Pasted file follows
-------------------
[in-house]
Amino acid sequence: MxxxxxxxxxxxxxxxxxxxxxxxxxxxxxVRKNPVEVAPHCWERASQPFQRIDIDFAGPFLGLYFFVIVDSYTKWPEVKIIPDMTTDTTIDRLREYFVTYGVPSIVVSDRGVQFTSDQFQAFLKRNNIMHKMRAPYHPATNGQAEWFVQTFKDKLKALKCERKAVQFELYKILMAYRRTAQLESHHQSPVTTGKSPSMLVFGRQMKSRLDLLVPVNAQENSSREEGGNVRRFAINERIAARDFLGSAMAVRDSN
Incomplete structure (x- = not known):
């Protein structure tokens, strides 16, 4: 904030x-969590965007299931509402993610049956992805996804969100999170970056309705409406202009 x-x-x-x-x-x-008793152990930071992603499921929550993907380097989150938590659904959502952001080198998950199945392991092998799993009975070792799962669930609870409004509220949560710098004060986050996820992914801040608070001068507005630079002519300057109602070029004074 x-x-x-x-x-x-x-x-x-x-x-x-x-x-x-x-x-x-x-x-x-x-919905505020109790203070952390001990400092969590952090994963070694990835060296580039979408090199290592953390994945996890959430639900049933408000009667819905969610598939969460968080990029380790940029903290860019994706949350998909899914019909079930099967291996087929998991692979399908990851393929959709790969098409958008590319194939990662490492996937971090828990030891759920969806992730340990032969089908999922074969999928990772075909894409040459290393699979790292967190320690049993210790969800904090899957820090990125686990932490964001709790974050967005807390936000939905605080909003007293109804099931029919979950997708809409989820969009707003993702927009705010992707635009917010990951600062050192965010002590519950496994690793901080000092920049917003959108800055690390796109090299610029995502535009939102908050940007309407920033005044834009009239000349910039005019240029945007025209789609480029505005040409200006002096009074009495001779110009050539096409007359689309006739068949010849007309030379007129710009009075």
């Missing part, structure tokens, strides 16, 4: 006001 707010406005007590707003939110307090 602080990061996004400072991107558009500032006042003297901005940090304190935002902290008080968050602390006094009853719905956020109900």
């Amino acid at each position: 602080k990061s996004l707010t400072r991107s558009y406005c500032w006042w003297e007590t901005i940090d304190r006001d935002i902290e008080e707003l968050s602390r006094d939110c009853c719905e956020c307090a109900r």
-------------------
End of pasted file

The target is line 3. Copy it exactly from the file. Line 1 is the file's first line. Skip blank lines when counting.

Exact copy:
Incomplete structure (x- = not known):